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Why Is Japan So Cheap?

Economists should not blame the Bank of Japan’s monetary policies for the yen’s declining purchasing power. It is flatlining productivity in tradable sectors and stagnant real wages that explain the arrival of Cheap Japan.

TOKYO – Every month, the Bank for International Settlements calculates and publishes the real and nominal effective exchange rates for major currencies. The most recent data, released in mid-February, contained a shock for Japan. They show that the yen’s real effective exchange rate (REER, representing roughly the purchasing power of the currency) is now as low as it was in the early 1970s, when the yen was first floated following the collapse of the Bretton Woods and Smithsonian systems of fixed exchange rates.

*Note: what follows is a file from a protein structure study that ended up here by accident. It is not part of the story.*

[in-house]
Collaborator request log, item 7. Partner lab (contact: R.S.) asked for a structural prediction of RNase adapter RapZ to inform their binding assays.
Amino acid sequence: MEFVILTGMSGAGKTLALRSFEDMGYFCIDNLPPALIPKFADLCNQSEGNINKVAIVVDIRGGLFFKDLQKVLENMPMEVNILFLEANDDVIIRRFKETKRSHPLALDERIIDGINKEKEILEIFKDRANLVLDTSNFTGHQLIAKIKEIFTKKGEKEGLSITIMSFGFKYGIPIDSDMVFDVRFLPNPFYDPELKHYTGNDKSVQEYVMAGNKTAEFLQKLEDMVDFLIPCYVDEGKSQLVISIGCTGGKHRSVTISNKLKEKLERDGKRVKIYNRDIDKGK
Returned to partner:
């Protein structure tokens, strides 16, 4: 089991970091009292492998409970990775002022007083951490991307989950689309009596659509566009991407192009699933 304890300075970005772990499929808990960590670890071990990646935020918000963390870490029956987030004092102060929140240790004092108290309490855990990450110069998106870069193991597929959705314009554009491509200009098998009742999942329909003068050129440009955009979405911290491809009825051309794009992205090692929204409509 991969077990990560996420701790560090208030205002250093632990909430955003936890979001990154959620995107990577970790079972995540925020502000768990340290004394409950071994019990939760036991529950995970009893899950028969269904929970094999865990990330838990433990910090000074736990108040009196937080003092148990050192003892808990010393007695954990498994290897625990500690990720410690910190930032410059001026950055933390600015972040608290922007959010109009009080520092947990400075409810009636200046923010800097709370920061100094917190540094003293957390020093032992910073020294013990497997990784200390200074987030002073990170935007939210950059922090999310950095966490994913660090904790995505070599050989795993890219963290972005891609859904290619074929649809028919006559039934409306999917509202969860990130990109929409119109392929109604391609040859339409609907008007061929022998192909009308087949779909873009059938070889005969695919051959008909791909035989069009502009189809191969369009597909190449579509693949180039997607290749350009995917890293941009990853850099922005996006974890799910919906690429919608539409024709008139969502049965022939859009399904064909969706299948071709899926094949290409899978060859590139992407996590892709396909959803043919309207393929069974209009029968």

As the yen’s purchasing power has weakened, the Japanese have noticed that imported goods are now more expensive, and the media are full of stories about Japanese visitors to New York, London, and Singapore being surprised by the high prices of goods and services there. In Tokyo, for example, a bowl of ramen typically costs less than ¥1,000 ($8.66), but in New York, based on my observations, it costs more than $20. A McDonald’s Big Mac costs the equivalent of $3.38 in Tokyo, as opposed to $5.81 in the United States, according to The Economist.

Similar comparisons can be made for subway fares, Uniqlo Heattech undershirts, five-star hotel rooms, and many other goods and services. Prime property in Tokyo, which was the most expensive in the world 30 years ago, is now much cheaper than in any other major financial center.

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